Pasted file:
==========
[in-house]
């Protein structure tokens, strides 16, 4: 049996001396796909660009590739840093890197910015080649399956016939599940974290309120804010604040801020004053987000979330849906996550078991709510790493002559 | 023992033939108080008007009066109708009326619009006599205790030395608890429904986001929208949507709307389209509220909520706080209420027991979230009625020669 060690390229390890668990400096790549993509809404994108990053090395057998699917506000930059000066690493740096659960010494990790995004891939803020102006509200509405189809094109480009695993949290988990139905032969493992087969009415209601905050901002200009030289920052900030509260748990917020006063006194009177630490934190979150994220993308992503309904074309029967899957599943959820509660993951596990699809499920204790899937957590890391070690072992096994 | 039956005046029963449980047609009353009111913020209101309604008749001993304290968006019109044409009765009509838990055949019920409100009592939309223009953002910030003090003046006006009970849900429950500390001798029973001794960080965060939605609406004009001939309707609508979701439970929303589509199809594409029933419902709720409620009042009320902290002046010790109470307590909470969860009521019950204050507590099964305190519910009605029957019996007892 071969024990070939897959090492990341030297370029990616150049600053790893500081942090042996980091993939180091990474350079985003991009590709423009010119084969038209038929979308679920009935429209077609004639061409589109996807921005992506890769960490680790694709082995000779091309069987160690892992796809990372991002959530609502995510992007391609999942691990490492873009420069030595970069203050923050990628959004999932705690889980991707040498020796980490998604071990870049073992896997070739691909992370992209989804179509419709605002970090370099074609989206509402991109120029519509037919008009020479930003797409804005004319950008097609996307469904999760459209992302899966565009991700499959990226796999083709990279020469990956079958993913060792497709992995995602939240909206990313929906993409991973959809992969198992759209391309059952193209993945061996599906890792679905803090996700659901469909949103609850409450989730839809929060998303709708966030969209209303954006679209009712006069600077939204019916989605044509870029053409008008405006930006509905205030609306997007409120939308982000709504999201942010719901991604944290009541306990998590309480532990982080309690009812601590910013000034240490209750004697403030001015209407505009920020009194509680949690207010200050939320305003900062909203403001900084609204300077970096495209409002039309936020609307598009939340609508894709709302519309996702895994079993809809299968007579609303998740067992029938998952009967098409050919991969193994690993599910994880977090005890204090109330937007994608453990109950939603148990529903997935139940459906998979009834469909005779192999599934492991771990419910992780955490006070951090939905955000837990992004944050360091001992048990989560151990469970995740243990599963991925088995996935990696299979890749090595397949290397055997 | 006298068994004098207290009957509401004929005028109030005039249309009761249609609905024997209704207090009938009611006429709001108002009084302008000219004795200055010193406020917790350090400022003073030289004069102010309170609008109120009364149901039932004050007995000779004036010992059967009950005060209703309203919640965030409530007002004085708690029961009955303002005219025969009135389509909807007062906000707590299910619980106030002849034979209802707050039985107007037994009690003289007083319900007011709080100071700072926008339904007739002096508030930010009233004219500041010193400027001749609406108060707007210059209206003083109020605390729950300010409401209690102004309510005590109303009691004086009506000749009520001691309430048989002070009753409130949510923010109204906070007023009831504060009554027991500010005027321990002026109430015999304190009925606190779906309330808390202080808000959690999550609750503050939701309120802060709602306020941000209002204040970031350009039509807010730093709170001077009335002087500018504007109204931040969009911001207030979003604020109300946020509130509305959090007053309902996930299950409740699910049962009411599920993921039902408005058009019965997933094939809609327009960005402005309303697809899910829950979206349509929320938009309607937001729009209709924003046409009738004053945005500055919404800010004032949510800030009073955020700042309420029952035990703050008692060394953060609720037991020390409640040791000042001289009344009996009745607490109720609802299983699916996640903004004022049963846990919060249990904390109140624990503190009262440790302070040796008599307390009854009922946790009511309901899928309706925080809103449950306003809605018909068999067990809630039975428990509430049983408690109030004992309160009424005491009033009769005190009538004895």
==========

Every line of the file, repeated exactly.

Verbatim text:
[in-house]
């Protein structure tokens, strides 16, 4: 049996001396796909660009590739840093890197910015080649399956016939599940974290309120804010604040801020004053987000979330849906996550078991709510790493002559 | 023992033939108080008007009066109708009326619009006599205790030395608890429904986001929208949507709307389209509220909520706080209420027991979230009625020669 060690390229390890668990400096790549993509809404994108990053090395057998699917506000930059000066690493740096659960010494990790995004891939803020102006509200509405189809094109480009695993949290988990139905032969493992087969009415209601905050901002200009030289920052900030509260748990917020006063006194009177630490934190979150994220993308992503309904074309029967899957599943959820509660993951596990699809499920204790899937957590890391070690072992096994 | 039956005046029963449980047609009353009111913020209101309604008749001993304290968006019109044409009765009509838990055949019920409100009592939309223009953002910030003090003046006006009970849900429950500390001798029973001794960080965060939605609406004009001939309707609508979701439970929303589509199809594409029933419902709720409620009042009320902290002046010790109470307590909470969860009521019950204050507590099964305190519910009605029957019996007892 071969024990070939897959090492990341030297370029990616150049600053790893500081942090042996980091993939180091990474350079985003991009590709423009010119084969038209038929979308679920009935429209077609004639061409589109996807921005992506890769960490680790694709082995000779091309069987160690892992796809990372991002959530609502995510992007391609999942691990490492873009420069030595970069203050923050990628959004999932705690889980991707040498020796980490998604071990870049073992896997070739691909992370992209989804179509419709605002970090370099074609989206509402991109120029519509037919008009020479930003797409804005004319950008097609996307469904999760459209992302899966565009991700499959990226796999083709990279020469990956079958993913060792497709992995995602939240909206990313929906993409991973959809992969198992759209391309059952193209993945061996599906890792679905803090996700659901469909949103609850409450989730839809929060998303709708966030969209209303954006679209009712006069600077939204019916989605044509870029053409008008405006930006509905205030609306997007409120939308982000709504999201942010719901991604944290009541306990998590309480532990982080309690009812601590910013000034240490209750004697403030001015209407505009920020009194509680949690207010200050939320305003900062909203403001900084609204300077970096495209409002039309936020609307598009939340609508894709709302519309996702895994079993809809299968007579609303998740067992029938998952009967098409050919991969193994690993599910994880977090005890204090109330937007994608453990109950939603148990529903997935139940459906998979009834469909005779192999599934492991771990419910992780955490006070951090939905955000837990992004944050360091001992048990989560151990469970995740243990599963991925088995996935990696299979890749090595397949290397055997 | 006298068994004098207290009957509401004929005028109030005039249309009761249609609905024997209704207090009938009611006429709001108002009084302008000219004795200055010193406020917790350090400022003073030289004069102010309170609008109120009364149901039932004050007995000779004036010992059967009950005060209703309203919640965030409530007002004085708690029961009955303002005219025969009135389509909807007062906000707590299910619980106030002849034979209802707050039985107007037994009690003289007083319900007011709080100071700072926008339904007739002096508030930010009233004219500041010193400027001749609406108060707007210059209206003083109020605390729950300010409401209690102004309510005590109303009691004086009506000749009520001691309430048989002070009753409130949510923010109204906070007023009831504060009554027991500010005027321990002026109430015999304190009925606190779906309330808390202080808000959690999550609750503050939701309120802060709602306020941000209002204040970031350009039509807010730093709170001077009335002087500018504007109204931040969009911001207030979003604020109300946020509130509305959090007053309902996930299950409740699910049962009411599920993921039902408005058009019965997933094939809609327009960005402005309303697809899910829950979206349509929320938009309607937001729009209709924003046409009738004053945005500055919404800010004032949510800030009073955020700042309420029952035990703050008692060394953060609720037991020390409640040791000042001289009344009996009745607490109720609802299983699916996640903004004022049963846990919060249990904390109140624990503190009262440790302070040796008599307390009854009922946790009511309901899928309706925080809103449950306003809605018909068999067990809630039975428990509430049983408690109030004992309160009424005491009033009769005190009538004895």